The Deneke Lectures, yearly talks given in memory of musicologist Philip Maurice Deneke, who died in 1924, have attracted various prominent experts to the College to talk on topics of their choice. This poster announces that on June 13th 1933, the speaker was to be Albert Einstein.

Einstein was friendly with Margaret Deneke (1882-1969, daughter of Philip Deneke), musicologist and sometime Choirmaster of LMH, who he met on his visits to Oxford. She writes of the effect the lecture had on her in her unpublished memoirs:

“The Deneke Lecture was packed and many of our friends failed to get seats. Sir Charles Sherrington took the Chair. Whilst Dr. Einstein was speaking and using his blackboard I thought I understood his arguments. When someone at the end begged me to explain points I could reproduce nothing. It had been the Professor’s magnetism that held my attention.”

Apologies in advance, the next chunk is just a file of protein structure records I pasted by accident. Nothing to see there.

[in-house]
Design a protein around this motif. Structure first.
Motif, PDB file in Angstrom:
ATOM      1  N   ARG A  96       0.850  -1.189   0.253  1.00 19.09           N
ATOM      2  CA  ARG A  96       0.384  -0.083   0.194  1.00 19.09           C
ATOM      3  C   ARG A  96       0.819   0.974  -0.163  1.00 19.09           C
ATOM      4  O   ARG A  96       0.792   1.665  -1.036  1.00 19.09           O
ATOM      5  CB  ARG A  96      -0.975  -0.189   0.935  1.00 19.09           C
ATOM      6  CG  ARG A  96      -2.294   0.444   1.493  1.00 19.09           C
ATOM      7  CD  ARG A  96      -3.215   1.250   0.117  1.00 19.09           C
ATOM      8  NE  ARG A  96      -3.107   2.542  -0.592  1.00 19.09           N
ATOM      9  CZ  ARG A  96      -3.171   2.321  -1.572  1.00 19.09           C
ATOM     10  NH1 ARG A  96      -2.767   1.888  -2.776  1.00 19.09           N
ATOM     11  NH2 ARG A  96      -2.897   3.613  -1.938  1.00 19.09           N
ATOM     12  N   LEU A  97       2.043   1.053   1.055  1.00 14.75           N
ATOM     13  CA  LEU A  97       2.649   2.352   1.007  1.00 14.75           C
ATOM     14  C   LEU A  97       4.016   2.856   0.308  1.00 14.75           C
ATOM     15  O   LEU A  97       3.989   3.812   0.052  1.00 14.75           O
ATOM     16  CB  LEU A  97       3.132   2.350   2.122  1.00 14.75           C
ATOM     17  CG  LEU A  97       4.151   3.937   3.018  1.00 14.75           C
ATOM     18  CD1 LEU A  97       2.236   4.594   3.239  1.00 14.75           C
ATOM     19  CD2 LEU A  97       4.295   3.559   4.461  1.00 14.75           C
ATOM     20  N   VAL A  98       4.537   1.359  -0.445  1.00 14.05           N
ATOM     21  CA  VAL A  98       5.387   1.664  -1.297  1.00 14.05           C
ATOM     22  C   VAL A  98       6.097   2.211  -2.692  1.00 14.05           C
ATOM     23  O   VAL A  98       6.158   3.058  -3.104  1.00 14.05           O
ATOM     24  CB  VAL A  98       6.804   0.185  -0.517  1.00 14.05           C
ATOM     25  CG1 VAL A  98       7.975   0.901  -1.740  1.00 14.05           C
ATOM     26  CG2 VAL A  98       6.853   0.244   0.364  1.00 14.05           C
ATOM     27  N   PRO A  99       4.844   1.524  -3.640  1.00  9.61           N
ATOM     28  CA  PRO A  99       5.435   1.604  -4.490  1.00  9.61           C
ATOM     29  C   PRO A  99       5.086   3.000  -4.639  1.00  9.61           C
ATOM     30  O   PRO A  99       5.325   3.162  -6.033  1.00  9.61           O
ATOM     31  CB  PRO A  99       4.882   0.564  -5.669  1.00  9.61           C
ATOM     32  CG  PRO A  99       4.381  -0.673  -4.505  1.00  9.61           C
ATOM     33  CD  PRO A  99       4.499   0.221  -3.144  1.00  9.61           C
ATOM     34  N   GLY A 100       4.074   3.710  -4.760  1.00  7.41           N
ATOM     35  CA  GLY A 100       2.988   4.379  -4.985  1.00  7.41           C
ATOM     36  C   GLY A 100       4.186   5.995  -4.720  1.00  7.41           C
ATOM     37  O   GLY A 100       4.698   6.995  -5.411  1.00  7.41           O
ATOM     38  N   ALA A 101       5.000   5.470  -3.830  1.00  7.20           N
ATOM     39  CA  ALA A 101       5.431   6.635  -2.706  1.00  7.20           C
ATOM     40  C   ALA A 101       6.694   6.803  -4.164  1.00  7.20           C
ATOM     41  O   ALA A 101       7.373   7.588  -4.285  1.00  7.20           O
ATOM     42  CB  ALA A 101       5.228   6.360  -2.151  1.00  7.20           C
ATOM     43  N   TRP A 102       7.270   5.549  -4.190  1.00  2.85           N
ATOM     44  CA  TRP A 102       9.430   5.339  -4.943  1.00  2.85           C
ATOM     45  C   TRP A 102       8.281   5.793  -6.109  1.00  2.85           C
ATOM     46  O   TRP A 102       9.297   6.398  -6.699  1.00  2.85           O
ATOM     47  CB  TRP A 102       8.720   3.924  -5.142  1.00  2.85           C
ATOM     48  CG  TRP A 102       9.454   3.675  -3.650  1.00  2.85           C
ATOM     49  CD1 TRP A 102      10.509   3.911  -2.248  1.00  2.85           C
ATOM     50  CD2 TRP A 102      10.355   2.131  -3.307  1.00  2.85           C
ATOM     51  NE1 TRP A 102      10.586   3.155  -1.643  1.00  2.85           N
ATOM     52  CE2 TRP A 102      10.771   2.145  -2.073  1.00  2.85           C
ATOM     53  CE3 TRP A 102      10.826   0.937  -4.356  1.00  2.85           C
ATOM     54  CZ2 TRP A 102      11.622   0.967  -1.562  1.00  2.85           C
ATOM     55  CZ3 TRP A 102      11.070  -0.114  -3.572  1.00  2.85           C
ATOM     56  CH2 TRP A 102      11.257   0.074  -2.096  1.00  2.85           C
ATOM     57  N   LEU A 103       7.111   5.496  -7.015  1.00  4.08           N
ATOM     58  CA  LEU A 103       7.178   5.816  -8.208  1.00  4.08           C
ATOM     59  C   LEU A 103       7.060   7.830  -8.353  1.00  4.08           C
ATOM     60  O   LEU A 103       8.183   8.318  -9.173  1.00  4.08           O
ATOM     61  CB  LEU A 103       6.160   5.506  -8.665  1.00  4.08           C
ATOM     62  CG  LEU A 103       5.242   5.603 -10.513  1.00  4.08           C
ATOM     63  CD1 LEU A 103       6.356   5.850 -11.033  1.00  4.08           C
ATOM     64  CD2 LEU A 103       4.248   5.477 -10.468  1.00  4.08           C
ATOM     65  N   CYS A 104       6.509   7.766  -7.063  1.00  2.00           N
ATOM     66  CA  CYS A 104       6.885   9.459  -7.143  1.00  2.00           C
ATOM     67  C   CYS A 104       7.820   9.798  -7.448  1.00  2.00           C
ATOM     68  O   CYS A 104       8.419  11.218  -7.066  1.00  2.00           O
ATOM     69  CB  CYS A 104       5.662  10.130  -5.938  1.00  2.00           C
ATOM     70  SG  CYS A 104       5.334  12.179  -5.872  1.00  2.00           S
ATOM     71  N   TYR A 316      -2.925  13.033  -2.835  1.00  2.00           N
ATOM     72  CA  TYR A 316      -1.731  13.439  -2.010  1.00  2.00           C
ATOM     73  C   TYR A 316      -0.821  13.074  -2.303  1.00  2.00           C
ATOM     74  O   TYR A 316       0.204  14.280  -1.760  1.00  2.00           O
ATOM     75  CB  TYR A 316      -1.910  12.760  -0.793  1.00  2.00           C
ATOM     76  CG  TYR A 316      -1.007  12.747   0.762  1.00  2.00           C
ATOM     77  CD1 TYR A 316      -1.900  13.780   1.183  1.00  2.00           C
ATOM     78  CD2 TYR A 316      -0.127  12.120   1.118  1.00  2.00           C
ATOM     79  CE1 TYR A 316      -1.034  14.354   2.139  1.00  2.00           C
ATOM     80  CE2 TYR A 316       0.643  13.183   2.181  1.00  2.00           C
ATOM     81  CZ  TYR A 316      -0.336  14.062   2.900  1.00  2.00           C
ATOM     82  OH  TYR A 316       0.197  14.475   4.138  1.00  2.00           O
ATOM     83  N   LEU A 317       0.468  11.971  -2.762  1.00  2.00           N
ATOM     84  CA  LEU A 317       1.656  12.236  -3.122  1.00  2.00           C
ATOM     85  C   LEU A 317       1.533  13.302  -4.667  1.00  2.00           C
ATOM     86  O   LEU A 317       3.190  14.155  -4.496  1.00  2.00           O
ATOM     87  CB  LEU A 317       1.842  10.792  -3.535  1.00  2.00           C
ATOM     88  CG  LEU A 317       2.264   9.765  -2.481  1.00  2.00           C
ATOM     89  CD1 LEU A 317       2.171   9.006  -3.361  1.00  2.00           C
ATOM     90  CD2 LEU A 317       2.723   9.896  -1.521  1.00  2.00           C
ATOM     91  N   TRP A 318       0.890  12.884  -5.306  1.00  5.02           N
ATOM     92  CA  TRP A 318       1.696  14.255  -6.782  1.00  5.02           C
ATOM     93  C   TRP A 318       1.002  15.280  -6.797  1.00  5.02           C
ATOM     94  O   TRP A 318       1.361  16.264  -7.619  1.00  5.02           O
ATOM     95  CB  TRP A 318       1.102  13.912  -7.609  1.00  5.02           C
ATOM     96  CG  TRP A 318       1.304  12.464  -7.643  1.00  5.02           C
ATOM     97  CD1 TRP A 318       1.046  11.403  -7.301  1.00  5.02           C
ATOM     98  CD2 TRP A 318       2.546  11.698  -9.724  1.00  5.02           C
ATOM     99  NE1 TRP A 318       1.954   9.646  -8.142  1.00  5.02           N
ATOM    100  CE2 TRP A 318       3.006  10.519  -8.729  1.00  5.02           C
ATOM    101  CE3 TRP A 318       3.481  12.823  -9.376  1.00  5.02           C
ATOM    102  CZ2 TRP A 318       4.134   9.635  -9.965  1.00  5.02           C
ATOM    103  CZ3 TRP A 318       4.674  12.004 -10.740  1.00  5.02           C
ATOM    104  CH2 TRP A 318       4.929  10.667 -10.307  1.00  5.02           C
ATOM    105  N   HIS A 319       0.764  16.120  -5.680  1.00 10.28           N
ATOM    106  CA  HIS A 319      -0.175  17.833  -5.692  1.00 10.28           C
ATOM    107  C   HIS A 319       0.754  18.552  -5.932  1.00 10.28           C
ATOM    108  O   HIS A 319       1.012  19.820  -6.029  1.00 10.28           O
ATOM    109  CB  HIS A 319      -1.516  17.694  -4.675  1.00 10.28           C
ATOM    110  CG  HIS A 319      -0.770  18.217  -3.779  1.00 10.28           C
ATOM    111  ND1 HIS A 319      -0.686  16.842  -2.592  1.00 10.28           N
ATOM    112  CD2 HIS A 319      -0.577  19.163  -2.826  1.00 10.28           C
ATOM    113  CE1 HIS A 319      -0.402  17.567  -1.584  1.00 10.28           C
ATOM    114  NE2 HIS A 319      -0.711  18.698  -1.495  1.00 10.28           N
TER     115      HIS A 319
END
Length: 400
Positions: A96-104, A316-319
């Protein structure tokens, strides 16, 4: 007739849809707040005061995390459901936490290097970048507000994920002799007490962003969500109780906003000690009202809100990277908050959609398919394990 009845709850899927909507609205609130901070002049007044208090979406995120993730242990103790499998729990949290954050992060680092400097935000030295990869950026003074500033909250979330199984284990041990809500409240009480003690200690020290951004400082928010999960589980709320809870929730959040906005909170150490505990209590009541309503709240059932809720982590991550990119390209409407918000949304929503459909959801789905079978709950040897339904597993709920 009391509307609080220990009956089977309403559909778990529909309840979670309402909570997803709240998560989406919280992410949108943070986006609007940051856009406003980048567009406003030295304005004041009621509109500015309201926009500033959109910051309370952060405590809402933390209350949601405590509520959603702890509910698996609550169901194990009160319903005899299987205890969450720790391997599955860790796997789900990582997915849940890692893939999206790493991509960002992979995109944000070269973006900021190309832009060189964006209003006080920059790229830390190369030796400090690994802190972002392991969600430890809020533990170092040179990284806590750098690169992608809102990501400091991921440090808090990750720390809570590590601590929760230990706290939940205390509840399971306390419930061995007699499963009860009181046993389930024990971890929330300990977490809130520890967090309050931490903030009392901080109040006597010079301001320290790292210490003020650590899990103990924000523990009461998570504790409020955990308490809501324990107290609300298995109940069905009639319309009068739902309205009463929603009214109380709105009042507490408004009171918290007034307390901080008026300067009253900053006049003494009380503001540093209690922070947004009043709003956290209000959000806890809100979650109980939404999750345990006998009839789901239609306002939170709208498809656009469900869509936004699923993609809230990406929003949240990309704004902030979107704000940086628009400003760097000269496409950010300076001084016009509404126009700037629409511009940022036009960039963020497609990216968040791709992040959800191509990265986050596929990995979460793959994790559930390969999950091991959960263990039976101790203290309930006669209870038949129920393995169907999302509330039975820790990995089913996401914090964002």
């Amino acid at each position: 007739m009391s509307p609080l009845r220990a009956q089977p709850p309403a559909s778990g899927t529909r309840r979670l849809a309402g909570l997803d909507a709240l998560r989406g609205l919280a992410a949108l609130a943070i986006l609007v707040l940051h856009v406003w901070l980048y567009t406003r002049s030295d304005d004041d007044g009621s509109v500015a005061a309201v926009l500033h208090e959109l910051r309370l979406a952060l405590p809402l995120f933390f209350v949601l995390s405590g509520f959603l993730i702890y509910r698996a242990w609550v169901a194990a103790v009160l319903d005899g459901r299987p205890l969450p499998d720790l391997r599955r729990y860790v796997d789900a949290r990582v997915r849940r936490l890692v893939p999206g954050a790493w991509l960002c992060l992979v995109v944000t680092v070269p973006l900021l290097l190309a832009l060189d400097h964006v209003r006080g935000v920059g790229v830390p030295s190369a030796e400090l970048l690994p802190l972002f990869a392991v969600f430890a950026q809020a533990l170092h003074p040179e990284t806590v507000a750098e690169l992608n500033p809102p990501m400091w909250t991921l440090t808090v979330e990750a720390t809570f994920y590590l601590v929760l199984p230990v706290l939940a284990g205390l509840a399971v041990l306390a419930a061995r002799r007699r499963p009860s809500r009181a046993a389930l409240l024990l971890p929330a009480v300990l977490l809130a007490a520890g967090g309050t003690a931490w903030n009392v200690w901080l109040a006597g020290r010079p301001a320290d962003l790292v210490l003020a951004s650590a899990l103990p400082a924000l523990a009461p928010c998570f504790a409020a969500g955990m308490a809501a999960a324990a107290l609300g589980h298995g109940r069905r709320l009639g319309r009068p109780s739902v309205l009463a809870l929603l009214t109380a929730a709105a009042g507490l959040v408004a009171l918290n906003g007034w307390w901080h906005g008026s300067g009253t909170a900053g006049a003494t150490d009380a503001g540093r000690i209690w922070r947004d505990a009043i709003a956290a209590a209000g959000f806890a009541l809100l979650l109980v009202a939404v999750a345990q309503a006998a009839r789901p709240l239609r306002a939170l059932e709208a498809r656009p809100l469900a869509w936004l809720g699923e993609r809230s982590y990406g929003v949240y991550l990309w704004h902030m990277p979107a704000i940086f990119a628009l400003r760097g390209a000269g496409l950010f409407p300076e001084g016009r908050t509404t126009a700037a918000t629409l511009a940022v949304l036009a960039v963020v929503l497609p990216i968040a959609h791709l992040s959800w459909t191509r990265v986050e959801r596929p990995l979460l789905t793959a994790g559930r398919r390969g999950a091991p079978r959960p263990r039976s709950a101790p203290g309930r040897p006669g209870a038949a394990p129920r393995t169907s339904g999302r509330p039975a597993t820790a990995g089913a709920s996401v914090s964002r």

[p.26, ‘ What I Remember’ Vol.2 , Ref: MPP 3 A 2/2]

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The 1933 Deneke Lecture had a particularly memorable and magnetic speaker.